After three years behind closed warehouse doors and disconnected phone lines, Warrior Boats, once a renowned fiberglass fishing boat manufacturing company, announced they are back in business. This new venture is surfacing questions within the marine industry on how safe the economic waters are for new investments.
Re-spooling the warrior ownership
In 2008, Warrior Boats ceased operations after previous Owner Dan Klimek’s intentions to purchase the company from Founder Tom LaTour fell through, leaving the company without a unified leadership to continue production. The Warrior website went offline and rumors began to circulate that rival boat company Yar-Craft may step in to buy the Warrior name. However, during this same time professional walleye fisherman Chuck Barth and Dave Andersen discussed a prospective partnership to keep the Warrior brand in business. “Barth and I have been trying to get the company running for the past year and a half,” says Andersen, 2005 Pro Walleye Tournament (PWT) Championship winner and Warrior customer. When the opportunity to purchase Warrior Boats came to market early this year, Andersen, Barth, and two other fishing fans Joe Hellerman and Al Leinen, entered a bid to secure the future of the company.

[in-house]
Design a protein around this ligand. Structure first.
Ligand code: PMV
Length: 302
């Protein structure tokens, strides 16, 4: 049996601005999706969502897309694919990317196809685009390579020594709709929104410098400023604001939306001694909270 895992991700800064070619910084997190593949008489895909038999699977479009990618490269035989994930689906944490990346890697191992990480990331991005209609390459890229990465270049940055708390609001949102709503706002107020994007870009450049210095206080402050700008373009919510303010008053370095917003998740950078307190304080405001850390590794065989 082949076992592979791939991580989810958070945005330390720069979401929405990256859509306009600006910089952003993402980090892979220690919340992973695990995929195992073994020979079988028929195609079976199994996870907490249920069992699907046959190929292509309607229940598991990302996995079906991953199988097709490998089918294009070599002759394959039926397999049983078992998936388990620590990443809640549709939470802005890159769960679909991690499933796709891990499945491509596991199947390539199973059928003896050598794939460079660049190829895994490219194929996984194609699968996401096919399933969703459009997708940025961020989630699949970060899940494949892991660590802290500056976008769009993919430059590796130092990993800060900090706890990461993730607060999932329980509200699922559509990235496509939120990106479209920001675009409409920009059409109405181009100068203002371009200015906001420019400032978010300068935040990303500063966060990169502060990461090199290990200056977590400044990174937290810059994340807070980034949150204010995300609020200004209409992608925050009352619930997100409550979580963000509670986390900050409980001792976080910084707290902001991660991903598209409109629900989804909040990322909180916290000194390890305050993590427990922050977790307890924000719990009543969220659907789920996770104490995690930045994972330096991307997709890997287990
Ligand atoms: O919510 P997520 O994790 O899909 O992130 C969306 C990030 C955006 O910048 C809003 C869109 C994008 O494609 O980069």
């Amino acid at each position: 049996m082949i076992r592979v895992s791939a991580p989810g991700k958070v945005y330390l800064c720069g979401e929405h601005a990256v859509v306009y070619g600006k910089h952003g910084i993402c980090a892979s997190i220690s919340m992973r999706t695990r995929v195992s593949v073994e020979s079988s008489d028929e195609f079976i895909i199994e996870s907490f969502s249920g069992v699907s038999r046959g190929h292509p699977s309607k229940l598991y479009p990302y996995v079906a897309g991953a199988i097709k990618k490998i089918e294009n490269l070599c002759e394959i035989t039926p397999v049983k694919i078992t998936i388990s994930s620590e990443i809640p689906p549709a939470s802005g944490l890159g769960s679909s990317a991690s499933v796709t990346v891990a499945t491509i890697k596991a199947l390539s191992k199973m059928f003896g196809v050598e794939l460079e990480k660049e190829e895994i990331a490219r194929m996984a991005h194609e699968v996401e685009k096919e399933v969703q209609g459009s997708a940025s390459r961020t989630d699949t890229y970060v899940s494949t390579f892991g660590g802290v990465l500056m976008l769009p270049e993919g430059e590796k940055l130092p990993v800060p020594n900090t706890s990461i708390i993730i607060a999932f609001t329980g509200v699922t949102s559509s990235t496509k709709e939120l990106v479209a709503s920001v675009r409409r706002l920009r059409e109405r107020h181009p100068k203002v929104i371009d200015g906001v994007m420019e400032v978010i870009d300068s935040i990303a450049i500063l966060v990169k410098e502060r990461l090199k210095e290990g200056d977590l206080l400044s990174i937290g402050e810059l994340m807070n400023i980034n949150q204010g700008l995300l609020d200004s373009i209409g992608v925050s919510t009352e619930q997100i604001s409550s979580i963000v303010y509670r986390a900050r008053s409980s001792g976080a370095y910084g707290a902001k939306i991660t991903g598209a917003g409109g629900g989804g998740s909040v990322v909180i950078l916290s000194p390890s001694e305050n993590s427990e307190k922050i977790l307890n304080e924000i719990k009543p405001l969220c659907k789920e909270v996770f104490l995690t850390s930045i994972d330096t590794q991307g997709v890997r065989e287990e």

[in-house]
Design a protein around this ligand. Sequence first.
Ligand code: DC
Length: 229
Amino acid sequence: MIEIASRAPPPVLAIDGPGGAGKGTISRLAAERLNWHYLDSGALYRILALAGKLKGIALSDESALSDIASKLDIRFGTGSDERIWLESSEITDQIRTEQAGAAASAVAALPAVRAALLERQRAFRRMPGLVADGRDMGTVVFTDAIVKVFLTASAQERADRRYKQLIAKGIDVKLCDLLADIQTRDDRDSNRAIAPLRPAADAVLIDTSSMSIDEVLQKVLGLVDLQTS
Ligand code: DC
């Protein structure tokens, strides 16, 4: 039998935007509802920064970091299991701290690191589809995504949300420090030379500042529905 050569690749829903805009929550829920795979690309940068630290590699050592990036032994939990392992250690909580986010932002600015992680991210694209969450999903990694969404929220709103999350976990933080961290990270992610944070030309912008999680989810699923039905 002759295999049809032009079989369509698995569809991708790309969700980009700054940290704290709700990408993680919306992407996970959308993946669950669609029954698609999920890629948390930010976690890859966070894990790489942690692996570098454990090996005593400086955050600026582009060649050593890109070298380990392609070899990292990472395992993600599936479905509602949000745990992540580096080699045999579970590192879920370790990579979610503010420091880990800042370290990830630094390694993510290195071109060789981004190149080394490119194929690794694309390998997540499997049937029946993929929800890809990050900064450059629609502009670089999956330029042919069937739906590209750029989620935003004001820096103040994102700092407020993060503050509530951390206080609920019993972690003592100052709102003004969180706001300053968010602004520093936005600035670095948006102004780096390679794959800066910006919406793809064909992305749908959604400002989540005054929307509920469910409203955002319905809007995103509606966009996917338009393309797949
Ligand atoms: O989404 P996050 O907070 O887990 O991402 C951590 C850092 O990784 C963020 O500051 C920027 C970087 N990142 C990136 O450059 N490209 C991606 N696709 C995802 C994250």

Old charm hooks new owners
The new owners are confident in the success of the company because they believe in the Warrior product. According to the group, the Warrior boats, known throughout the fishing world for their successful patented steering technology, run unprecedented horsepower compared similar boat designs. “One of the first things people ask me when they get on my boat is, ‘225 horsepower? Is the sticker on your motor right?’ I get a lot of looks,” laughs Andersen. The Pro-Tiller Hydraulic Remote Steering System allows Andersen’s boat to have quicker, more precise responses compared to that of many other console boats. He attributes his success in the 2005 PWT Championship to his Warrior despite the “nasty, snaggy bottom” and wind he struggled with that day.
“I sold Warrior boats for a number of years,” says investor Joe Hellerman, who studied as a marine technician and now works as a dealer at Melrose Marine & Sports. He bought into the company because he liked the design of the boat and the ride. “The hull design, constructed using traditional open molding lay-up with unidirectional layers of Knytex, is arguably one of the best built-in features,” he says. Warrior also employs fiberglass stringers, uncommon in most fishing boats, to provide support to the straight bottom V-hull, and plywood laminated with fiberglass transoms that run the length of the boat. “I know composites are the wave to the future. They have lightweight properties and offer boat rigidity,” says Hellerman.